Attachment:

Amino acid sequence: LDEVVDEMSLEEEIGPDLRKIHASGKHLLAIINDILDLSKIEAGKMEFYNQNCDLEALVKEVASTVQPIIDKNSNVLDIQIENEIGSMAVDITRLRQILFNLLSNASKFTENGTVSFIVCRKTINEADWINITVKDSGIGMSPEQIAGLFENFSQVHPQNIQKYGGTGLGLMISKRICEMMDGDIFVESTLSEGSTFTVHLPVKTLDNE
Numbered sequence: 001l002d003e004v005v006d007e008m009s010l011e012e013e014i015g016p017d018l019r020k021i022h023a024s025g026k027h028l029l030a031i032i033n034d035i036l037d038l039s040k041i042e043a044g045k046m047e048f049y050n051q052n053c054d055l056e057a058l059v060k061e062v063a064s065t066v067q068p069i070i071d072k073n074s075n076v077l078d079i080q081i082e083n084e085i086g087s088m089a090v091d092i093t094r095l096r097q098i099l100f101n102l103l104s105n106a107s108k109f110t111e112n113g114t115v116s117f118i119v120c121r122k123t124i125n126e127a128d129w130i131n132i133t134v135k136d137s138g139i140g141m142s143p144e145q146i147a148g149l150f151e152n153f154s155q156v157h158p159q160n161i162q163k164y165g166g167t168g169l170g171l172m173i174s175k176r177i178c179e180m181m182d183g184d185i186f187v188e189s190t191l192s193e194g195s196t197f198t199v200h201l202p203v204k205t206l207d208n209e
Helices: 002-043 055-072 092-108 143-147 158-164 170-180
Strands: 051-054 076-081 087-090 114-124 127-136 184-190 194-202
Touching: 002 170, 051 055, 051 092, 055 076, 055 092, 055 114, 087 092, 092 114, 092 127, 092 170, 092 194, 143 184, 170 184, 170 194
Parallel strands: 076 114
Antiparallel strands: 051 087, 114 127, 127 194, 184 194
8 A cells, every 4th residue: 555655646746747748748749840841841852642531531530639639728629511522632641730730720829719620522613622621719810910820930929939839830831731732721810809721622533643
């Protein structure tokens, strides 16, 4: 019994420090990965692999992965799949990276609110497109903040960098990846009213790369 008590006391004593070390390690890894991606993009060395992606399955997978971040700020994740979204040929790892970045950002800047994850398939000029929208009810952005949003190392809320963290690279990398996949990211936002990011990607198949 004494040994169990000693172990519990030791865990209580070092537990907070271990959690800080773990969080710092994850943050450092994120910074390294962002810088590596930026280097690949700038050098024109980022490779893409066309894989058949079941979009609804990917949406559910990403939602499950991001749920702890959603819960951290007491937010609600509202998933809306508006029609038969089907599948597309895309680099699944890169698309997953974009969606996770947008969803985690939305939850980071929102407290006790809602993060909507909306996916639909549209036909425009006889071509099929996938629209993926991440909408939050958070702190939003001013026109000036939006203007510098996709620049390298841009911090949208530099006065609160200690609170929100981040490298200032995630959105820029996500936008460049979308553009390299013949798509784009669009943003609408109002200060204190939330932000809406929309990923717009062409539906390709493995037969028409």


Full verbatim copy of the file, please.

Amino acid sequence: LDEVVDEMSLEEEIGPDLRKIHASGKHLLAIINDILDLSKIEAGKMEFYNQNCDLEALVKEVASTVQPIIDKNSNVLDIQIENEIGSMAVDITRLRQILFNLLSNASKFTENGTVSFIVCRKTINEADWINITVKDSGIGMSPEQIAGLFENFSQVHPQNIQKYGGTGLGLMISKRICEMMDGDIFVESTLSEGSTFTVHLPVKTLDNE
Numbered sequence: 001l002d003e004v005v006d007e008m009s010l011e012e013e014i015g016p017d018l019r020k021i022h023a024s025g026k027h028l029l030a031i032i033n034d035i036l037d038l039s040k041i042e043a044g045k046m047e048f049y050n051q052n053c054d055l056e057a058l059v060k061e062v063a064s065t066v067q068p069i070i071d072k073n074s075n076v077l078d079i080q081i082e083n084e085i086g087s088m089a090v091d092i093t094r095l096r097q098i099l100f101n102l103l104s105n106a107s108k109f110t111e112n113g114t115v116s117f118i119v120c121r122k123t124i125n126e127a128d129w130i131n132i133t134v135k136d137s138g139i140g141m142s143p144e145q146i147a148g149l150f151e152n153f154s155q156v157h158p159q160n161i162q163k164y165g166g167t168g169l170g171l172m173i174s175k176r177i178c179e180m181m182d183g184d185i186f187v188e189s190t191l192s193e194g195s196t197f198t199v200h201l202p203v204k205t206l207d208n209e
Helices: 002-043 055-072 092-108 143-147 158-164 170-180
Strands: 051-054 076-081 087-090 114-124 127-136 184-190 194-202
Touching: 002 170, 051 055, 051 092, 055 076, 055 092, 055 114, 087 092, 092 114, 092 127, 092 170, 092 194, 143 184, 170 184, 170 194
Parallel strands: 076 114
Antiparallel strands: 051 087, 114 127, 127 194, 184 194
8 A cells, every 4th residue: 555655646746747748748749840841841852642531531530639639728629511522632641730730720829719620522613622621719810910820930929939839830831731732721810809721622533643
């Protein structure tokens, strides 16, 4: 019994420090990965692999992965799949990276609110497109903040960098990846009213790369 008590006391004593070390390690890894991606993009060395992606399955997978971040700020994740979204040929790892970045950002800047994850398939000029929208009810952005949003190392809320963290690279990398996949990211936002990011990607198949 004494040994169990000693172990519990030791865990209580070092537990907070271990959690800080773990969080710092994850943050450092994120910074390294962002810088590596930026280097690949700038050098024109980022490779893409066309894989058949079941979009609804990917949406559910990403939602499950991001749920702890959603819960951290007491937010609600509202998933809306508006029609038969089907599948597309895309680099699944890169698309997953974009969606996770947008969803985690939305939850980071929102407290006790809602993060909507909306996916639909549209036909425009006889071509099929996938629209993926991440909408939050958070702190939003001013026109000036939006203007510098996709620049390298841009911090949208530099006065609160200690609170929100981040490298200032995630959105820029996500936008460049979308553009390299013949798509784009669009943003609408109002200060204190939330932000809406929309990923717009062409539906390709493995037969028409």